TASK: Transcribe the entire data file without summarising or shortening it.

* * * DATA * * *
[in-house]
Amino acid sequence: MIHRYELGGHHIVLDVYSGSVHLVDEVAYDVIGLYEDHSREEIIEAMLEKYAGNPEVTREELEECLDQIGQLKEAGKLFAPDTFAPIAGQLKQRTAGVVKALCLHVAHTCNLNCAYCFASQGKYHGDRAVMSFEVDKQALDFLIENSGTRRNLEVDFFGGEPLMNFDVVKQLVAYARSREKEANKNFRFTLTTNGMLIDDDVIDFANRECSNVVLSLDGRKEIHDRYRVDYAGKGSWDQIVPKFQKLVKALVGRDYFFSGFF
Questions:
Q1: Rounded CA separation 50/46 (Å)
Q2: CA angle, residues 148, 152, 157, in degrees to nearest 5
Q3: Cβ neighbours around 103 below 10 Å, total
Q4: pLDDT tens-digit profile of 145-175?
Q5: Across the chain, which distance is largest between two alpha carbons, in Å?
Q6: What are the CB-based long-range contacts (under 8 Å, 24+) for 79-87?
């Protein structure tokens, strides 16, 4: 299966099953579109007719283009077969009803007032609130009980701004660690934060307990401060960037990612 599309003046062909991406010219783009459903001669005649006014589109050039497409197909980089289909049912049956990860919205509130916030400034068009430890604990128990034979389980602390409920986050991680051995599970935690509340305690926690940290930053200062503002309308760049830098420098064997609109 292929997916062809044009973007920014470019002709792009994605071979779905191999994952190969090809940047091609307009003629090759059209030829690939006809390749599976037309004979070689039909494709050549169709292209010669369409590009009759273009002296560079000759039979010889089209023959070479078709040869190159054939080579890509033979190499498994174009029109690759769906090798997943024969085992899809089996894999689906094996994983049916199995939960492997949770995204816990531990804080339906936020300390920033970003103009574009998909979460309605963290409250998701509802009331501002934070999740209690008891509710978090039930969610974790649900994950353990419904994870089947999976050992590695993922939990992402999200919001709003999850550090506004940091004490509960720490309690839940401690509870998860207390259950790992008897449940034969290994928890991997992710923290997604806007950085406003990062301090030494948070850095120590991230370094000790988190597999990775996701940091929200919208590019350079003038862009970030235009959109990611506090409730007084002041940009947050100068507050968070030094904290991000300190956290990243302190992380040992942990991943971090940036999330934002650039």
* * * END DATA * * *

[in-house]
Amino acid sequence: MIHRYELGGHHIVLDVYSGSVHLVDEVAYDVIGLYEDHSREEIIEAMLEKYAGNPEVTREELEECLDQIGQLKEAGKLFAPDTFAPIAGQLKQRTAGVVKALCLHVAHTCNLNCAYCFASQGKYHGDRAVMSFEVDKQALDFLIENSGTRRNLEVDFFGGEPLMNFDVVKQLVAYARSREKEANKNFRFTLTTNGMLIDDDVIDFANRECSNVVLSLDGRKEIHDRYRVDYAGKGSWDQIVPKFQKLVKALVGRDYFFSGFF
Questions:
Q1: Rounded CA separation 50/46 (Å)
Q2: CA angle, residues 148, 152, 157, in degrees to nearest 5
Q3: Cβ neighbours around 103 below 10 Å, total
Q4: pLDDT tens-digit profile of 145-175?
Q5: Across the chain, which distance is largest between two alpha carbons, in Å?
Q6: What are the CB-based long-range contacts (under 8 Å, 24+) for 79-87?
């Protein structure tokens, strides 16, 4: 299966099953579109007719283009077969009803007032609130009980701004660690934060307990401060960037990612 599309003046062909991406010219783009459903001669005649006014589109050039497409197909980089289909049912049956990860919205509130916030400034068009430890604990128990034979389980602390409920986050991680051995599970935690509340305690926690940290930053200062503002309308760049830098420098064997609109 292929997916062809044009973007920014470019002709792009994605071979779905191999994952190969090809940047091609307009003629090759059209030829690939006809390749599976037309004979070689039909494709050549169709292209010669369409590009009759273009002296560079000759039979010889089209023959070479078709040869190159054939080579890509033979190499498994174009029109690759769906090798997943024969085992899809089996894999689906094996994983049916199995939960492997949770995204816990531990804080339906936020300390920033970003103009574009998909979460309605963290409250998701509802009331501002934070999740209690008891509710978090039930969610974790649900994950353990419904994870089947999976050992590695993922939990992402999200919001709003999850550090506004940091004490509960720490309690839940401690509870998860207390259950790992008897449940034969290994928890991997992710923290997604806007950085406003990062301090030494948070850095120590991230370094000790988190597999990775996701940091929200919208590019350079003038862009970030235009959109990611506090409730007084002041940009947050100068507050968070030094904290991000300190956290990243302190992380040992942990991943971090940036999330934002650039």